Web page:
Home' Trinidad and Tobago Guardian : April 14th 2017 Contents bedbugs can survive exposure to the two
insecticides, Gondhalekar's team sug-
Integrated pest management practices
will slow further development of bedbug
resistance to the chemicals, the research-
"With these findings in mind and from
an insecticide-resistance management
perspective, both bifenthrin and chlor-
fenapyr should be integrated with other
methods used for bedbug elimination in
order to preserve their [effectiveness] in the
long term," Gondhalekar recommended.
The other control measures include vac-
uuming, steam or heat treatments, mat-
tress encasements, traps, and a profes-
sional insecticide called desiccant dusts.
With a multipronged approach, "effec-
tive bedbug control can be accomplished,
and theoretically this should reduce the
risk of resistance build-up in populations,"
The study results were published April
10 in the Journal of Economic Entomology.
(Entomological Society of America)
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guardian.co.tt Friday, April 14, 2017
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Bedbugs building resistance to more insecticides
The bedbugs are winning.
Some bedbugs are showing early signs of re-
sistance to two widely used insecticides, Purdue
University researchers report.
As a result, the researchers urge pest management
companies to use a "well-rounded" set of control
measures when dealing with the parasitic insects.
"In the past, bedbugs have repeatedly shown
the ability to develop resistance to products overly
relied upon for their control," said study author
Ameya Gondhalekar, a research assistant professor
at Purdue's Center for Urban and Industrial Pest
"The findings also show similar trends in regard
to chlorfenapyr and bifenthrin resistance devel-
opment in bedbugs," Gondhalekar said in a news
release from the Entomological Society of America.
Previously, common bedbugs were found to have
significant resistance to deltamethrin and some
other pyrethroid-class insecticides. That has led
to their re-emergence as an urban pest, the study
For this study, the researchers tested 10 popu-
lations of bedbugs gathered from locations in In-
diana, New Jersey, Ohio, Tennessee, Virginia and
Washington, DC. The investigators found that more
than 25 per cent of the pests were still alive seven
days after exposure to the insecticides chlorfenapyr
That rate of survival indicates resistance to the
insecticides, the study authors said.
Further research is needed to learn why certain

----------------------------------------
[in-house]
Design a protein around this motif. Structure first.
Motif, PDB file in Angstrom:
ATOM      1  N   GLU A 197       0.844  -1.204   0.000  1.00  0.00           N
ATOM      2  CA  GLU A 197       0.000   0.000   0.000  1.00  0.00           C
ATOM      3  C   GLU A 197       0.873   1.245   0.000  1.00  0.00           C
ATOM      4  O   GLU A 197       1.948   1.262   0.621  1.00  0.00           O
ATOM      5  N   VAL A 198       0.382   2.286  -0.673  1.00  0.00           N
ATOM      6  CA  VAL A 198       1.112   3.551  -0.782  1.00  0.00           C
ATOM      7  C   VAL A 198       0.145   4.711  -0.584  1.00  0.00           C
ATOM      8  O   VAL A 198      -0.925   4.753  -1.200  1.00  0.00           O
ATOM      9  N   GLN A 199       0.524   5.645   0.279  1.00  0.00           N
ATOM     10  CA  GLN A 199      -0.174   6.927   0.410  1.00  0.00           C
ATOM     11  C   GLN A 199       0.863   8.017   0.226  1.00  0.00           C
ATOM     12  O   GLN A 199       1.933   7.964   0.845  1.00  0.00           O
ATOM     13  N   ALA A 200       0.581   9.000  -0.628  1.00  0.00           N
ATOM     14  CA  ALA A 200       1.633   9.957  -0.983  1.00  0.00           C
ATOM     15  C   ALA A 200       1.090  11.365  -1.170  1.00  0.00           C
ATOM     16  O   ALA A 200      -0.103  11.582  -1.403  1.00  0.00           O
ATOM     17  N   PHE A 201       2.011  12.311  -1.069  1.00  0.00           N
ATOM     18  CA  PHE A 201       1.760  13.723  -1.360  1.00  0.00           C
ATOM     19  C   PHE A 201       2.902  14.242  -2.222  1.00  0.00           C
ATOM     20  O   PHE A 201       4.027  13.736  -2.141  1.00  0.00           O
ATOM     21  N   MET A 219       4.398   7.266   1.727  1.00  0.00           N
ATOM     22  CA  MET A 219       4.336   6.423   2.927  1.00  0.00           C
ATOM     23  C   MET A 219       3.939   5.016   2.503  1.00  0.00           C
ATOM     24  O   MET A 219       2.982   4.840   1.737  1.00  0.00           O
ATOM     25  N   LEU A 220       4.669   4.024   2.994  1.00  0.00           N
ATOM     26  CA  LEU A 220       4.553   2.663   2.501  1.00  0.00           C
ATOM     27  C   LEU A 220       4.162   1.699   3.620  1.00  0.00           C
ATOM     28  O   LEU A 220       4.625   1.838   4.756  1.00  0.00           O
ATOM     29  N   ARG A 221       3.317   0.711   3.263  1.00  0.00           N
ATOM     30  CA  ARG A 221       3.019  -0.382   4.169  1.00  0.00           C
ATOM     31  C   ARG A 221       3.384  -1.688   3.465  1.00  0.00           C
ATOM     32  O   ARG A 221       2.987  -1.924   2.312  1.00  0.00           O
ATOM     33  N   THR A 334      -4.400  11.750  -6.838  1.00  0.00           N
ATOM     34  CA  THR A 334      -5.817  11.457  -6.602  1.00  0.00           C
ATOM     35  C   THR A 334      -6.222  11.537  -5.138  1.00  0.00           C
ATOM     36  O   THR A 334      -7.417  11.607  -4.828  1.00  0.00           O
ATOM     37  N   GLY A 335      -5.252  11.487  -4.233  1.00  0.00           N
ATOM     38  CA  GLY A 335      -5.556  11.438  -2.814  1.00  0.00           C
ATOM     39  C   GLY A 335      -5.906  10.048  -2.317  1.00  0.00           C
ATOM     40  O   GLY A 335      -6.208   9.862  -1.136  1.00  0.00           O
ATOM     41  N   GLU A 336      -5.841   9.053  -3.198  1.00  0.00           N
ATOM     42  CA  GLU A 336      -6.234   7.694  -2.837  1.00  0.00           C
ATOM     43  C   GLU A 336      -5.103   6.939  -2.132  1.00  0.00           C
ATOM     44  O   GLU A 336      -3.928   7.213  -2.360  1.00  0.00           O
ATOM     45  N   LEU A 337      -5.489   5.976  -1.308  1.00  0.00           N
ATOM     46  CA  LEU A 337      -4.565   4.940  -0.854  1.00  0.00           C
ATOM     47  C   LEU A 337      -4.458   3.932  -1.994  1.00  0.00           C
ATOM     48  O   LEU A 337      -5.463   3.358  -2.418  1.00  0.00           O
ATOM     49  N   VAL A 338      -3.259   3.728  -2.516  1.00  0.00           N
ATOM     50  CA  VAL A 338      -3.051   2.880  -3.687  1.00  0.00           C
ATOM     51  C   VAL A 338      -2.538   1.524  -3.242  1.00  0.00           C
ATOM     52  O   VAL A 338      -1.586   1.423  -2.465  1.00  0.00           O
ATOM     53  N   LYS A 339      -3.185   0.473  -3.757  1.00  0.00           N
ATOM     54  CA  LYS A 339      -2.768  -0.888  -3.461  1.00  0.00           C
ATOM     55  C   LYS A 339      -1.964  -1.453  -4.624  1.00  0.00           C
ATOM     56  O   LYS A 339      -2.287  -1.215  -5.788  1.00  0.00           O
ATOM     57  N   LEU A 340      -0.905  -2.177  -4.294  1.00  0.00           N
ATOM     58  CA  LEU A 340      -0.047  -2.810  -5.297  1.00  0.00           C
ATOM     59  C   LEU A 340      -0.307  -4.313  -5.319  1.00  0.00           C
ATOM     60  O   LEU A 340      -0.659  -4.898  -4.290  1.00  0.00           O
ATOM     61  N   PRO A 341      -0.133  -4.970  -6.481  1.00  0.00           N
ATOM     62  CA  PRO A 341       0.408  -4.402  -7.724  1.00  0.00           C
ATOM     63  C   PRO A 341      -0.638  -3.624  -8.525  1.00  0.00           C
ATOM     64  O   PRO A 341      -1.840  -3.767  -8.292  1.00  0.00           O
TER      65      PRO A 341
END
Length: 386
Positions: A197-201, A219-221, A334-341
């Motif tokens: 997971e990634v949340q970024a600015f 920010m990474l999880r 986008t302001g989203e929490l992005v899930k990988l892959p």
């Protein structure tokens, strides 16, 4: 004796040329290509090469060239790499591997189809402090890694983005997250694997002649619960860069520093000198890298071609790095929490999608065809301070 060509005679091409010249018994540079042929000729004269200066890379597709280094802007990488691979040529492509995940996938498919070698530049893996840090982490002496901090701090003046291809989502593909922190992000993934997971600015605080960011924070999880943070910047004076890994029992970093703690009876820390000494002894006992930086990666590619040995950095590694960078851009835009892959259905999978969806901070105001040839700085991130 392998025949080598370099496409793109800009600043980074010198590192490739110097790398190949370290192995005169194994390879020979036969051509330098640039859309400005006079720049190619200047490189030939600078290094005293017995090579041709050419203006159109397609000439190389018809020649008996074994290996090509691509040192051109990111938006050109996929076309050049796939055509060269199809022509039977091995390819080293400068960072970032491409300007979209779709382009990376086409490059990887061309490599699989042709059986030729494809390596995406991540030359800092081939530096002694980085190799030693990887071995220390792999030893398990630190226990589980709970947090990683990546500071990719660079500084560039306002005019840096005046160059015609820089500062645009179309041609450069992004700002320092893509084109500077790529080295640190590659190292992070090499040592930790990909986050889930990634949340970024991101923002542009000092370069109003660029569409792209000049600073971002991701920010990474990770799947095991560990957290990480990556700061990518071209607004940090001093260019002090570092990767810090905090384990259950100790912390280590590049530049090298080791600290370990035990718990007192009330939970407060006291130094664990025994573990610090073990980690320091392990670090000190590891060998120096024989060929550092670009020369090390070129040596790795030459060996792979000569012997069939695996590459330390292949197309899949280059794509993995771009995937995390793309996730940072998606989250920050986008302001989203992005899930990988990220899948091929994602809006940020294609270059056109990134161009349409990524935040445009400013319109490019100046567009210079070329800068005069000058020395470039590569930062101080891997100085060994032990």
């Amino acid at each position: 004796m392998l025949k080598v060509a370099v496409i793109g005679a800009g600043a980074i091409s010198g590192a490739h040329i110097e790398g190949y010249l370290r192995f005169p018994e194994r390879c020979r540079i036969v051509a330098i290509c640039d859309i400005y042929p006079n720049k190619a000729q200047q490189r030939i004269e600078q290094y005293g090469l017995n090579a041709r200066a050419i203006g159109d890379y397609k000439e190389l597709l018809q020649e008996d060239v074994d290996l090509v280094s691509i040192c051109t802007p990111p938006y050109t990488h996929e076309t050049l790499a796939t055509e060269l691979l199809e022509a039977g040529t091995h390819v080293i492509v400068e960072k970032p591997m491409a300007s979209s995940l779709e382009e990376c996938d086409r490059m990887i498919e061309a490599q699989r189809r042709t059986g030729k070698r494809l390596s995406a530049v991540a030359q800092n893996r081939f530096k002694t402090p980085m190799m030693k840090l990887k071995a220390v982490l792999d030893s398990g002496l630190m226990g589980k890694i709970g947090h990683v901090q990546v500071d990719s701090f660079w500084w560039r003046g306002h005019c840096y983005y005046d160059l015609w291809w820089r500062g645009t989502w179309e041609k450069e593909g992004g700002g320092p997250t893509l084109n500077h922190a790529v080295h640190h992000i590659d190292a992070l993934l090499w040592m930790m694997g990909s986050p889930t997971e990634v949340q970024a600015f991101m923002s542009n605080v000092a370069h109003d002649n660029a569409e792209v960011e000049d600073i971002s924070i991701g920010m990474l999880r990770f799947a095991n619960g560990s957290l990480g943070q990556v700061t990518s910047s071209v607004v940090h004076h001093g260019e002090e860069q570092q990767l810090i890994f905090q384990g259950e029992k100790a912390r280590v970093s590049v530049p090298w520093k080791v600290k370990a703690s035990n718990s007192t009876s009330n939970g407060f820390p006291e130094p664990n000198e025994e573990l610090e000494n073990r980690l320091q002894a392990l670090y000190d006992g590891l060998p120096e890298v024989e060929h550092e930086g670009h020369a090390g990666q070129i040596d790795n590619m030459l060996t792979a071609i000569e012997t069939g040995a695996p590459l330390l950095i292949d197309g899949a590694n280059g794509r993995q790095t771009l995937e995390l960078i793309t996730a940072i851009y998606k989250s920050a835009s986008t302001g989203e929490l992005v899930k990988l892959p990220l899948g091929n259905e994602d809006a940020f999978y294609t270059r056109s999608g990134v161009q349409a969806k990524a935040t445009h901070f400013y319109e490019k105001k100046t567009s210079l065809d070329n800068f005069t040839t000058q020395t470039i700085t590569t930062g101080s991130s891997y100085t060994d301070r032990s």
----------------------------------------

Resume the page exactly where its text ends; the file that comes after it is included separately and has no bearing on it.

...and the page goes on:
How common fats,
a lazy lifestyle and
diabetes are connected
A UBC researcher is suggesting the types of cooking
oils people consume may be sabotaging their efforts to
stay healthy and avoid illnesses such as diabetes.
Sanjoy Ghosh, a Michael Smith Health Research Foun-
dation Scholar and a professor at UBC's Okanagan campus,
has recently published research that concludes a high
consumption of polyunsaturated fatty acids (PUFA) but
not monounsaturated fatty acids (MUFA) can lead to
sedentary, in fact, lazy behaviour especially in women .
Ghosh says not that long ago, heart disease was linked
to saturated fats---an idea that has become increasingly
controversial in recent years. This thinking instigated the
intentional removal of saturated fatty acids from most
food supplies in favour of MUFA and PUFA. Essentially
all fats in our 'convenience' foods like potato chips, en-
ergy bars, crackers or burgers use cooking oils like corn,
sunflower and soybean and margarine---all rich in MUFAs
For his research, Ghosh collaborated with UBC biol-
ogist and data analyst Jason Pither, the first-author of
the study, to examine data from 21 countries in Europe.
They worked specifically with data relating to pre-teen
girls and then, in a second study, the blood glucose levels
of adult women. In putting details such as the amount
of time each week spent watching TV along with other
filters like a country's per capital GDP, urbanisation, and
even latitude, they came out with a clear connection to
the consumption of n-6 polyunsaturated fatty acids and
an increase in sedentary behaviour.
In particular, a significant correlation was observed in
sedentary behaviour of the 11-year-old girls and PUFA
in their diets.
"Our study does present new evidence that dietary
PUFA is strongly associated with sedentary behaviour
among pre-teen girls and weakly associated with diabetes
among adult women across Europe," says Ghosh, recom-
mending for more trials and studies to confirm his findings.
"This data is extremely significant," says Ghosh. "No-
body has made this connection and it's time for an inter-
vention. And if someone is beginning an exercise program
without taking a close look at the fats, especially PUFA
they are consuming, or changing what they're eating, then
it might be doomed to failure."
University of British Columbia Okanagan campus
Bed bugs are developing resistance to some
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